Monday, April 25, 2011

Unemployment as a Nanny

Regarding Nannies ran this on their blog and we thought it would be helpful to you. Thanks to Regarding Nannies for letting us share this.

by Tom Breedlove, Breedlove & Associates

In the last couple of years, most American workers have felt the financial trauma of being unemployed – either personally or through someone close to them. It’s a scary feeling to suddenly find yourself without a job and desperately wondering how you’re going to pay for your next meal.

To help alleviate the financial anxiety of joblessness, each state has established an unemployment system to help workers make ends meet while they look for work. The state systems each utilize a general fund, which is paid for by assessing each employer with a small tax on each dollar of payroll.

When workers get laid off, they are then eligible to make an unemployment claim through a state unemployment office. A case worker reviews each case and verifies the details of the employment and the termination with the former employer in order to determine the amount and duration of the financial benefits. For most workers, it will be 50% of the regular wages for up to 6 months – paid by the general fund.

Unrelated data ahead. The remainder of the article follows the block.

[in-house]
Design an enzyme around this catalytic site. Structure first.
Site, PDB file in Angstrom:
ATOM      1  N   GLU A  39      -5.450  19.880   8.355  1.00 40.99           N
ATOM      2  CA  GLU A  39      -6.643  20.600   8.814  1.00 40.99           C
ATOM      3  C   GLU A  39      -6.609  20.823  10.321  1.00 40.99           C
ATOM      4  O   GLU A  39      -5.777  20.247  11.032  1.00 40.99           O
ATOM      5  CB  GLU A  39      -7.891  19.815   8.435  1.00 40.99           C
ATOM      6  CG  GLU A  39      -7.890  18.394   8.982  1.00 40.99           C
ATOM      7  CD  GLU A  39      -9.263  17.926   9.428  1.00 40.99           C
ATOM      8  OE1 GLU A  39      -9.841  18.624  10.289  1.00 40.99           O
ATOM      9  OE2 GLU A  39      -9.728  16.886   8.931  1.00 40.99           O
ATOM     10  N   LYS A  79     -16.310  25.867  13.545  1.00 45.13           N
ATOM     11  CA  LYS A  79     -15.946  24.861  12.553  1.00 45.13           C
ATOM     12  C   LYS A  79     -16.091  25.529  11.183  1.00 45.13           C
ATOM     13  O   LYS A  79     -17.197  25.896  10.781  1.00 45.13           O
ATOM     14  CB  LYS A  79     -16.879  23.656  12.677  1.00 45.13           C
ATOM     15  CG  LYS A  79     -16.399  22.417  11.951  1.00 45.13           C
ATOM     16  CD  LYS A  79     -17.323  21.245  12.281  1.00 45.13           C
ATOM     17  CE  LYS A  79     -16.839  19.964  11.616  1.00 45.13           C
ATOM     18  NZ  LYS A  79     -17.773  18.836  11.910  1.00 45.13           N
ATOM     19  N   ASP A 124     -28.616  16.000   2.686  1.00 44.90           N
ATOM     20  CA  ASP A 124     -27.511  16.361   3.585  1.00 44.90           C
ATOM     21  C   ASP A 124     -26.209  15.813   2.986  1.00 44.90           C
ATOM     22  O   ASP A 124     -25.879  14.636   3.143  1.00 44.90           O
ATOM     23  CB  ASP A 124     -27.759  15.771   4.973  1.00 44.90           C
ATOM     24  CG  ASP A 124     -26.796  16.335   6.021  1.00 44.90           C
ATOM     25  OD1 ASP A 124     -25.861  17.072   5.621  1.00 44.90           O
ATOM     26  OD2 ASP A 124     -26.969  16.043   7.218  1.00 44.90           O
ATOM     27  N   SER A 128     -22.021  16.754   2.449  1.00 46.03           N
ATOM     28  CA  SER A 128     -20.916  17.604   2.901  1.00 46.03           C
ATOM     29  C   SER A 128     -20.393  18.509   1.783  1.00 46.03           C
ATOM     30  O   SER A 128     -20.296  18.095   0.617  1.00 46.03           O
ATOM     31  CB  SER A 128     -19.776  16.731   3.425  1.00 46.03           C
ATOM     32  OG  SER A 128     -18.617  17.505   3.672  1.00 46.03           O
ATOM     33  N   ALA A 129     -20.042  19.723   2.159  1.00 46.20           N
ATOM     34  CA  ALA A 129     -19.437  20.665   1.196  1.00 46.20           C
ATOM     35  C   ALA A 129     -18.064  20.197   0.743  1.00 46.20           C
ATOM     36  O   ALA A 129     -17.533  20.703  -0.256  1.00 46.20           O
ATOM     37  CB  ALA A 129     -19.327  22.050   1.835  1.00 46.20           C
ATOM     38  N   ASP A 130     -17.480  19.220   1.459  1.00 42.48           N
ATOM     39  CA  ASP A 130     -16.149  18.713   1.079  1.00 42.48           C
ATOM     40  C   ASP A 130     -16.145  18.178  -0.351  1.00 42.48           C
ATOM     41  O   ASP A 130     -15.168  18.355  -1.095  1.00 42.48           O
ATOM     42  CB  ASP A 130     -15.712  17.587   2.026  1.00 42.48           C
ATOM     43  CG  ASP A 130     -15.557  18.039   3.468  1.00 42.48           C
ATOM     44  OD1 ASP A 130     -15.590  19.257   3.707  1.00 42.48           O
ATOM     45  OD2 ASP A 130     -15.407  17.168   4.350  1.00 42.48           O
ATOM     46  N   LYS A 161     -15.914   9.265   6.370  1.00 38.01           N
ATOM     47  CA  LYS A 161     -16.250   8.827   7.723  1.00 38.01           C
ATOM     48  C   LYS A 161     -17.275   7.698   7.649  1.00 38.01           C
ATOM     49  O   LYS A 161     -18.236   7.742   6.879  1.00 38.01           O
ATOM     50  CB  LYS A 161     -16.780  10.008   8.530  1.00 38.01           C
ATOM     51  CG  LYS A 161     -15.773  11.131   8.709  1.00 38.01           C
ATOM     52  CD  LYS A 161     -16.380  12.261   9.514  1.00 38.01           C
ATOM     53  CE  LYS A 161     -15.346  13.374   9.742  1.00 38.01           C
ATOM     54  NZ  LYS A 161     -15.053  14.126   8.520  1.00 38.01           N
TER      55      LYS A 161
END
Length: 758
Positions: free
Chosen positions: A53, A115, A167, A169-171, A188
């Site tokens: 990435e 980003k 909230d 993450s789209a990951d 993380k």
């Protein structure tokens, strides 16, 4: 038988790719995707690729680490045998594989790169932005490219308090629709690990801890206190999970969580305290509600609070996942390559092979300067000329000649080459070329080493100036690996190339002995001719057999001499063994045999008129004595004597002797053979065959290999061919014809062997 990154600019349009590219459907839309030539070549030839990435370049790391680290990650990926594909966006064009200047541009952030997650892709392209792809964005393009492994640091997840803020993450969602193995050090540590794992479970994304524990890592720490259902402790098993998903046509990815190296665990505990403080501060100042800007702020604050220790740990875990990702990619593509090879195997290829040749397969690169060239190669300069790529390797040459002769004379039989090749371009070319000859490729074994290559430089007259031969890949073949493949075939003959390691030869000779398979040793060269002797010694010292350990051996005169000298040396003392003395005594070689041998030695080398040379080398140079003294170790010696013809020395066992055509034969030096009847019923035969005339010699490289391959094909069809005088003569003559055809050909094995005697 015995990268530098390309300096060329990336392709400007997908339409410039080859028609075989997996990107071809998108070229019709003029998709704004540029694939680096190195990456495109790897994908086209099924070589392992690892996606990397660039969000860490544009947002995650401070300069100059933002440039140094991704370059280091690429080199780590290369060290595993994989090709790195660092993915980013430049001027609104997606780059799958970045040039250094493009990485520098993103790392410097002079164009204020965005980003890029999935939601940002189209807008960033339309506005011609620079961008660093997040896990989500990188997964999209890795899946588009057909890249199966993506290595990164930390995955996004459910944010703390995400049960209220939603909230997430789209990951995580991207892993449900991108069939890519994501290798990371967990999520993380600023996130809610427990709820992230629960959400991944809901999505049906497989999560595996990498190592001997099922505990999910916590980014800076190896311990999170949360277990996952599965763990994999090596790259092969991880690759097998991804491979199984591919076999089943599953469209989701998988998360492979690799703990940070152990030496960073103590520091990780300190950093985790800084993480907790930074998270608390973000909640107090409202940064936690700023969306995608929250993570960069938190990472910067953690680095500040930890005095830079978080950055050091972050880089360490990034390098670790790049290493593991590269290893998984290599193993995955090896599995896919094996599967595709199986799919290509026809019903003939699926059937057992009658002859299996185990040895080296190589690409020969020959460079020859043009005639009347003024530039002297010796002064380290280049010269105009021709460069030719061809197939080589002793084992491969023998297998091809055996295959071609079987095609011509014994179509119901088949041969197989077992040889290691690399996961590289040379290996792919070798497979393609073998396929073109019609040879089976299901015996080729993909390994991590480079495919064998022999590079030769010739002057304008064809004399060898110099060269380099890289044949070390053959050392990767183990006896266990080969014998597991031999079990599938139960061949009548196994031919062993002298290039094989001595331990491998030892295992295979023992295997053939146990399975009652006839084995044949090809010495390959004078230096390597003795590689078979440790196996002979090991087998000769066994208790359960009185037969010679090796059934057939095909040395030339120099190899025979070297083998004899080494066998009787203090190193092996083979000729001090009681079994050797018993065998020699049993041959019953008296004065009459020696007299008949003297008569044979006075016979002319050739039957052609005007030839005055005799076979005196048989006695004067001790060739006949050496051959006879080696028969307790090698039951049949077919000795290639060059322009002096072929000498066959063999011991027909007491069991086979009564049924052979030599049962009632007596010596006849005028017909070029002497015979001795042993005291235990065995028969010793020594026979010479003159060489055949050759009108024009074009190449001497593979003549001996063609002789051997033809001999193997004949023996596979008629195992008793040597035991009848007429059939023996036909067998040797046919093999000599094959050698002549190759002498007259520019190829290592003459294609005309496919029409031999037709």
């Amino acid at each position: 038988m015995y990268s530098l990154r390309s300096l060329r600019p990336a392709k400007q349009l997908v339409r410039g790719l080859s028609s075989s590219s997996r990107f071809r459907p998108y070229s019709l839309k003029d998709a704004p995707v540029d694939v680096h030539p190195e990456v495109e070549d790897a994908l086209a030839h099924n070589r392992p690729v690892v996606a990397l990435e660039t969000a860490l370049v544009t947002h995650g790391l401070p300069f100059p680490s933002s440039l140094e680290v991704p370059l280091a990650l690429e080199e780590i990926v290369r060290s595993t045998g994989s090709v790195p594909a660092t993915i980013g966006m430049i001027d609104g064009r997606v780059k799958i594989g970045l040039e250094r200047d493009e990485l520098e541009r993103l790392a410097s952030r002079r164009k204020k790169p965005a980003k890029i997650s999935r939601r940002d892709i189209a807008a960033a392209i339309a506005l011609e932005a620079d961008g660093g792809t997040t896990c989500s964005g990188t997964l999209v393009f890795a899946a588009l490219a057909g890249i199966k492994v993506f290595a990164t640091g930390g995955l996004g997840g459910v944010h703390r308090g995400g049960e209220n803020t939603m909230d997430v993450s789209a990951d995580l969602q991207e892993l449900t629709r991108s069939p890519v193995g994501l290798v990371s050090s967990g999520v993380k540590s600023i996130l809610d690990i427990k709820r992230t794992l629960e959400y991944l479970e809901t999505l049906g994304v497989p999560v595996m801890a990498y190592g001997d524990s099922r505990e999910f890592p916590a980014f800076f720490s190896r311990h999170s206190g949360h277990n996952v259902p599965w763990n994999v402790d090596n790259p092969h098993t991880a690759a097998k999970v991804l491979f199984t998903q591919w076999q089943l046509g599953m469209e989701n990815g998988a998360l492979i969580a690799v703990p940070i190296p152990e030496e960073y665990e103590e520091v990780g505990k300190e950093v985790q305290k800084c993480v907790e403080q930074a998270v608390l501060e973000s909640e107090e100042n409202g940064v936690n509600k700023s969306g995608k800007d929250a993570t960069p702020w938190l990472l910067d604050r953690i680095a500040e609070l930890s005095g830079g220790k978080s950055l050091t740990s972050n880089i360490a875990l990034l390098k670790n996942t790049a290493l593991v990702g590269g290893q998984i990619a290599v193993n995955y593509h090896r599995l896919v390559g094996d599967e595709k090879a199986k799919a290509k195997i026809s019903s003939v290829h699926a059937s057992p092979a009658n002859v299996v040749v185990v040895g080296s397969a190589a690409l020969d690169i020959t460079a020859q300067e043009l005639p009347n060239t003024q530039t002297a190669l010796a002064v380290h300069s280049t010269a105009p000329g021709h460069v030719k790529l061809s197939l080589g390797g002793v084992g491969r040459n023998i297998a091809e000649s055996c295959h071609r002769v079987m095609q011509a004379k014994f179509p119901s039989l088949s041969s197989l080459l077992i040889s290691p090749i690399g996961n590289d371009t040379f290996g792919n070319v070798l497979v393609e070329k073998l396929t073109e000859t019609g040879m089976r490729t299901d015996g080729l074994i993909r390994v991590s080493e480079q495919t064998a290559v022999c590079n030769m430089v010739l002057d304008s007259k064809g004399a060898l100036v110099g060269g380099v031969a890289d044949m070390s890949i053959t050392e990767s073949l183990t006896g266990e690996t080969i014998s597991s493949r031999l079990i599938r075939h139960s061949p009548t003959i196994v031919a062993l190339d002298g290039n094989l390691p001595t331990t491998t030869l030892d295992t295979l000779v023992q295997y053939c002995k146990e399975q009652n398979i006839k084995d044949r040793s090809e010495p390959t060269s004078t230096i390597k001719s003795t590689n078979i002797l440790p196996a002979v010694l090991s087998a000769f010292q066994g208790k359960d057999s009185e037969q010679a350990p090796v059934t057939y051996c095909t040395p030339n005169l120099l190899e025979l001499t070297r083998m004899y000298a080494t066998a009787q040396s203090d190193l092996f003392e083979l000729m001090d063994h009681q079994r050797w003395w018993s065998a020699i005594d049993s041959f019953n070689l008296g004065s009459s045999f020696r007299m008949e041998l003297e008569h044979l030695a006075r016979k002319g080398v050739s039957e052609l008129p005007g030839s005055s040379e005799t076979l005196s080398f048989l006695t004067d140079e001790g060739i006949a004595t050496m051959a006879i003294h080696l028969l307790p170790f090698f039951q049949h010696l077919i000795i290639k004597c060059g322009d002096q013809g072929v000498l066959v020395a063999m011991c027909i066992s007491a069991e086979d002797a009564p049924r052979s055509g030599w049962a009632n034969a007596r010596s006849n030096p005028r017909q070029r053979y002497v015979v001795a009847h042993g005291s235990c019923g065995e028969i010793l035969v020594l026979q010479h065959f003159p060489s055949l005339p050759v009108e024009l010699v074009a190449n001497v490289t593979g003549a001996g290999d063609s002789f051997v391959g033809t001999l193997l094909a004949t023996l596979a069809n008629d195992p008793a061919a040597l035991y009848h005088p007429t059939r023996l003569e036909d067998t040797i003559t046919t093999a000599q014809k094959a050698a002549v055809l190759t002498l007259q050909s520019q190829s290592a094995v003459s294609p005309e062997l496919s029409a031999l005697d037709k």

In order to qualify for unemployment benefits, workers must be laid off due to no fault of their own. Workers who quit or get fired for cause are generally not eligible for benefits. In addition, workers who are paid “off the books” are not eligible because their employer did not make the required tax payments. (If the family catches up on their tax payments, the worker would then become eligible but there would be back taxes, penalties and interest for both the employer and the employee. It is much cheaper to set up payroll correctly from the beginning).

You may have read that your state unemployment fund is broke. While it’s true that quite a few states have not been able to keep up with the record number of unemployment claims during this recession, each state is able to borrow money from the federal unemployment fund. Once the economy rebounds, the unemployment fund will replenish itself through fewer claims and more tax revenue.

Through good times and bad, layoffs happen. Unemployment benefits are the safety net.

For more information about unemployment benefits – or any other aspect of household employment – call us at 1-888-BREEDLOVE (888-273-3356) or visit

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